As so it came to pass that on the 14th day of my second cycle trying to conceive, my Clearblue Fertility Monitor confounded my pessimistic expectations and smiled at me. The little white face on the purple screen announced “Peak” – seemingly I was ovulating after all. It didn’t take long before I was mirroring that smile, sharing the news with my husband Burrows, who couldn’t resist throwing a few “I-told-you-so’s” my way.
I didn’t get pregnant during that cycle either, but at least my fears were allayed that my ovaries hadn’t gone into retirement just yet.
March arrived and with it another smiley face … then the crushing symptoms of PMT, my hormones pinging back and forth throughout my body, playing an incessant game of table tennis. For the third month in a row, I had tested “high oestrogen” on every single day leading up to my LH surge. The glands in my neck were like lumps of graphite and I felt like tearing my hair out, but then it began shedding of its own accord, in matted handfuls, every time I washed it.
By May, the smiley face felt more at odds with my mood than ever. I’d barely touched alcohol for the past five months, I was eating the right foods and hitting my 10,000 steps target every day. Spontaneity had gone out the window – as luck would have it, I always got my peak midweek (unintentional rhyme alert) when my teacher spouse was fighting against a landslide of marking and planning. Approaching midnight, I’d gently suggest that he came to bed.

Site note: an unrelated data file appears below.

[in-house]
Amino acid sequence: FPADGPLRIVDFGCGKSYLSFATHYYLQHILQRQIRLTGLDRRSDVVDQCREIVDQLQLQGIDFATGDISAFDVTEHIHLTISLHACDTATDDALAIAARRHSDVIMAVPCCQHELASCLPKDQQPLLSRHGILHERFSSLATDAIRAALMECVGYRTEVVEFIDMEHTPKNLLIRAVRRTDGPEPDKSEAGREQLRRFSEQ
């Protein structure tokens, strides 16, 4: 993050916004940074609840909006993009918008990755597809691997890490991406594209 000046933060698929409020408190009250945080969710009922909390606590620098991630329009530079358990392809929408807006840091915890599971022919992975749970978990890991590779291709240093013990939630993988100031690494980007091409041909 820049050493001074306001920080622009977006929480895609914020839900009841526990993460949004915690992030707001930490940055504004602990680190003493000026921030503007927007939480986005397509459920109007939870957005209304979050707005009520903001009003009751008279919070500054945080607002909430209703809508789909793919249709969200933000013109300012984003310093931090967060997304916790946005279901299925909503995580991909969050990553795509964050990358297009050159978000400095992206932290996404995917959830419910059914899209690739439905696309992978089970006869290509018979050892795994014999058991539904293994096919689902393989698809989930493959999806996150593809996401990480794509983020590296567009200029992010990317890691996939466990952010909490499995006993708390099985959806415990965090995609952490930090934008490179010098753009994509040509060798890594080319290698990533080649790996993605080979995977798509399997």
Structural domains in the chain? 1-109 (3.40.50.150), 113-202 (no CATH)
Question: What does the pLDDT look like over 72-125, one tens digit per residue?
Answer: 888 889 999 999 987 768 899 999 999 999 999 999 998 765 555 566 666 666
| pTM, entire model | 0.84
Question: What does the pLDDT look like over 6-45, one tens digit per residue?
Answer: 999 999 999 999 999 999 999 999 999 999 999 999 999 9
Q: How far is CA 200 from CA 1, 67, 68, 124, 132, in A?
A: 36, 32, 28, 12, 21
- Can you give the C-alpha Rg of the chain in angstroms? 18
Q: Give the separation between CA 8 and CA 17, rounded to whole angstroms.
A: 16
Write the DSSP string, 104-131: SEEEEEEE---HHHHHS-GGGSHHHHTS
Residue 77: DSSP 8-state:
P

“But I haven’t done my differentiation yet and the lower abilities need a scaffold for their learning,” he responded with such dismay you’d think I’d asked him to unblock the outside drain.
Still, we never missed a day. We were doing everything right … weren’t we? If so, then why weren’t we getting our BFP? (another abbreviation I’d gleaned from Mumsnet, meaning Big Fat Positive).
“If it doesn’t work this month, perhaps we should make a doctor’s appointment?” I said.
Burrows contemplated this, then nodded.
Given that I was 38, we’d been advised to wait no longer than six months if we suspected there might be a problem. If I needed IVF, time was of the essence, the age limit for NHS treatment being 39. Under Nottinghamshire’s Primary Care Trust we would only be eligible for one free cycle, and there was no way we could afford to go private.
I was garbling the above to Burrows, when he postured, “You’ve been tirelessly monitoring your fertility – what if I’m the problem? I could be firing blanks for all we know.”
And while his tone was effervescent, he had a point – there I was, beating myself up about waiting so long to try and conceive when in fact there could be any number of reasons why it hadn’t worked so far.
“Whatever the problem is, we’ll face it together,” I said, resolutely.